TEHRAN - India agreed Monday to finance the development of an Iranian port as a trading hub, as Prime Minister Narendra Modi sought to revive economic ties with Tehran after the lifting of sanctions.

The Indian leader met Iranian officials including President Hassan Rouhani during a visit that he said would mark “a new chapter in our strategic partnership”.

Modi and Rouhani oversaw the signing of a memorandum of understanding for the provision of a line of credit from India’s EXIM Bank to develop Iran’s southern port of Chabahar, on the Gulf of Oman.

Rouhani hailed the project, saying it could become a “great symbol of cooperation between Iran and India”.

Modi and Rouhani were joined later by Afghan President Ashraf Ghani, who landed in Tehran Monday morning, to sign a three-way transit accord.

The three huddled and clasped hands gleefully like teammates after signing the accord.

Pakistan bypassed

The deal, connecting Iran, India, and Afghanistan to central Asia – bypassing Pakistan, would boost economic growth in the region, Modi said.

“We want to link to the world, but connectivity among ourselves is also a priority,” he said.

“The corridor would spur unhindered flow of commerce throughout the region. Inflow of capital and technology could lead to new industrial infrastructure in Chabahar.”

The port, “when linked with the International North South Transport Corridor, would touch South Asia at one end and Europe at another.”

Only a beginning

The Afghan president said the Chabahar partnership was only the beginning.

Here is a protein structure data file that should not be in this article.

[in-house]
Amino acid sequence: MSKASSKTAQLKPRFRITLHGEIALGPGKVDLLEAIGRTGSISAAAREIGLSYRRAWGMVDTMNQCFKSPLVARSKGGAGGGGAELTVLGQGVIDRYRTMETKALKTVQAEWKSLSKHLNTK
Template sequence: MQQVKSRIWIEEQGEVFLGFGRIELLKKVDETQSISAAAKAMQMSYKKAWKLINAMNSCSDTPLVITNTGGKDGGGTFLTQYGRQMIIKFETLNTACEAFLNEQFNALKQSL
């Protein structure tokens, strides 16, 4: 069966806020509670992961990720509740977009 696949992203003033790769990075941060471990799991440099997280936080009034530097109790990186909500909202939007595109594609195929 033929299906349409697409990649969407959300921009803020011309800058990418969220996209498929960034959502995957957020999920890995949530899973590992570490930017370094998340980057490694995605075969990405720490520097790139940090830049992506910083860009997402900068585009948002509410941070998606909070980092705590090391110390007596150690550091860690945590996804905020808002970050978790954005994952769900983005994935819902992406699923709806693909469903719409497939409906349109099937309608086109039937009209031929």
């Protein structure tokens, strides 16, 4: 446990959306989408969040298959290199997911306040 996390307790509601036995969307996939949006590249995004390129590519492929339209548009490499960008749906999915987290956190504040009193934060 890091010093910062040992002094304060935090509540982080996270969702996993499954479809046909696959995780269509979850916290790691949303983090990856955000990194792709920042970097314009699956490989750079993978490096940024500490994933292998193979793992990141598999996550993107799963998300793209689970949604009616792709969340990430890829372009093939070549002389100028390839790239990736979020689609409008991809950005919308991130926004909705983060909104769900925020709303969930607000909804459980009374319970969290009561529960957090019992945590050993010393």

“Our will today begins in Chabahar but eventually ends only in an all-rounded and comprehensive cultural and economic cooperation,” he said.

Ghani praised the two neighbours.

“I thank them because they believe that Afghanistan is going to be stable and they are wagering on our stability.”

Rouhani’s reassurance

Rouhani said it was “not merely an economic document but a political and regional one” with a message of regional opportunities for development.

He cautioned that the agreement was not against any other country, but to the benefit of “peace and stability in the region”.

“Today’s agreement will not be against any country and the activities of the three countries will be to the interest of the whole region,” said the Iranian president.

“Other countries too can join this document of partnership in future.”

The volume of trade between Iran and India in the past 11 months reached $9 billion, according to Iran’s official IRNA news agency.

India’s oil thirst

India is reportedly seeking to double its imports of oil from the Islamic republic.

Tehran was New Delhi’s second largest supplier of oil until 2011-12, when economic sanctions against Iran forced India to cut its dependence on Iranian oil.

India still owes Iran $6.5 billion that Tehran was unable to recover because of the international sanctions. India has begun paying back the debt.

Modi’s visit, the first by an Indian premier to Iran in 15 years, comes after international sanctions against Tehran were lifted in mid-January following an agreement with world powers over its nuclear programme.

Since that long-awaited agreement was reached in July, officials from dozens of mainly Asian and European countries have visited Iran to seek a share of its 80-million strong market. India, China’s greatest economic rival in Asia, is among the last regional powers to arrive.

Chinese President Xi Jinping visited Iran in late January and pledged to expand trade to $600 billion in the next 10 years.

Xi’s visit, only days after economic sanctions against Iran were lifted, was in line with his signature foreign policy initiative known as “One Belt One Road”.

Afghan corridor

The first train to connect China and Iran arrived in Tehran in February loaded with Chinese goods, reviving the ancient trade route known as the Silk Road.

President Park Geun-Hye of South Korea visited Iran at the beginning of this month.

Iran and South Korea decided to triple their annual trade volume to $18 billion and Woori Bank opened an office in Tehran, becoming the first South Korean lender to do so.